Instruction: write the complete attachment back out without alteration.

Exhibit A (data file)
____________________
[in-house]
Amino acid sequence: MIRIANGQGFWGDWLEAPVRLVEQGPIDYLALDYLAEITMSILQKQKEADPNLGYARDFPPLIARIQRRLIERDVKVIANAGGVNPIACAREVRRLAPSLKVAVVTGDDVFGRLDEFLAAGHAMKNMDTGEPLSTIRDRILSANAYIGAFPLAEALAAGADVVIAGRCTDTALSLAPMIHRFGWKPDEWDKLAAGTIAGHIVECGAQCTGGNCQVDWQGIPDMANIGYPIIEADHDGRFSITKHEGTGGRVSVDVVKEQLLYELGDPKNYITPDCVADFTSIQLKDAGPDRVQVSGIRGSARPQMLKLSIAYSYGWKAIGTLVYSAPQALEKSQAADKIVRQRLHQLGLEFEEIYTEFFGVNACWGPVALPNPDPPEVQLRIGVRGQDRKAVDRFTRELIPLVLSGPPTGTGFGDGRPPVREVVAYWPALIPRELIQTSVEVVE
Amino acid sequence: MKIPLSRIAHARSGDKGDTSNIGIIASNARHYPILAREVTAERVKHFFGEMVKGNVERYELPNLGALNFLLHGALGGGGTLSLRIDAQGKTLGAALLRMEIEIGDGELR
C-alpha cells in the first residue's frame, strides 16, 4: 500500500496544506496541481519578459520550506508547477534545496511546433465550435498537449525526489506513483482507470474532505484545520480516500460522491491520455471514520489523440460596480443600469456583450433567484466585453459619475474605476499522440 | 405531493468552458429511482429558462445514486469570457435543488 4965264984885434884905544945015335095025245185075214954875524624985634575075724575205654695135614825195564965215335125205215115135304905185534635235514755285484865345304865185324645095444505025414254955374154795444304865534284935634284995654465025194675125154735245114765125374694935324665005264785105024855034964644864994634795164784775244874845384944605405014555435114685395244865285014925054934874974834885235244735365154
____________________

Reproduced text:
[in-house]
Amino acid sequence: MIRIANGQGFWGDWLEAPVRLVEQGPIDYLALDYLAEITMSILQKQKEADPNLGYARDFPPLIARIQRRLIERDVKVIANAGGVNPIACAREVRRLAPSLKVAVVTGDDVFGRLDEFLAAGHAMKNMDTGEPLSTIRDRILSANAYIGAFPLAEALAAGADVVIAGRCTDTALSLAPMIHRFGWKPDEWDKLAAGTIAGHIVECGAQCTGGNCQVDWQGIPDMANIGYPIIEADHDGRFSITKHEGTGGRVSVDVVKEQLLYELGDPKNYITPDCVADFTSIQLKDAGPDRVQVSGIRGSARPQMLKLSIAYSYGWKAIGTLVYSAPQALEKSQAADKIVRQRLHQLGLEFEEIYTEFFGVNACWGPVALPNPDPPEVQLRIGVRGQDRKAVDRFTRELIPLVLSGPPTGTGFGDGRPPVREVVAYWPALIPRELIQTSVEVVE
Amino acid sequence: MKIPLSRIAHARSGDKGDTSNIGIIASNARHYPILAREVTAERVKHFFGEMVKGNVERYELPNLGALNFLLHGALGGGGTLSLRIDAQGKTLGAALLRMEIEIGDGELR
C-alpha cells in the first residue's frame, strides 16, 4: 500500500496544506496541481519578459520550506508547477534545496511546433465550435498537449525526489506513483482507470474532505484545520480516500460522491491520455471514520489523440460596480443600469456583450433567484466585453459619475474605476499522440 | 405531493468552458429511482429558462445514486469570457435543488 4965264984885434884905544945015335095025245185075214954875524624985634575075724575205654695135614825195564965215335125205215115135304905185534635235514755285484865345304865185324645095444505025414254955374154795444304865534284935634284995654465025194675125154735245114765125374694935324665005264785105024855034964644864994634795164784775244874845384944605405014555435114685395244865285014925054934874974834885235244735365154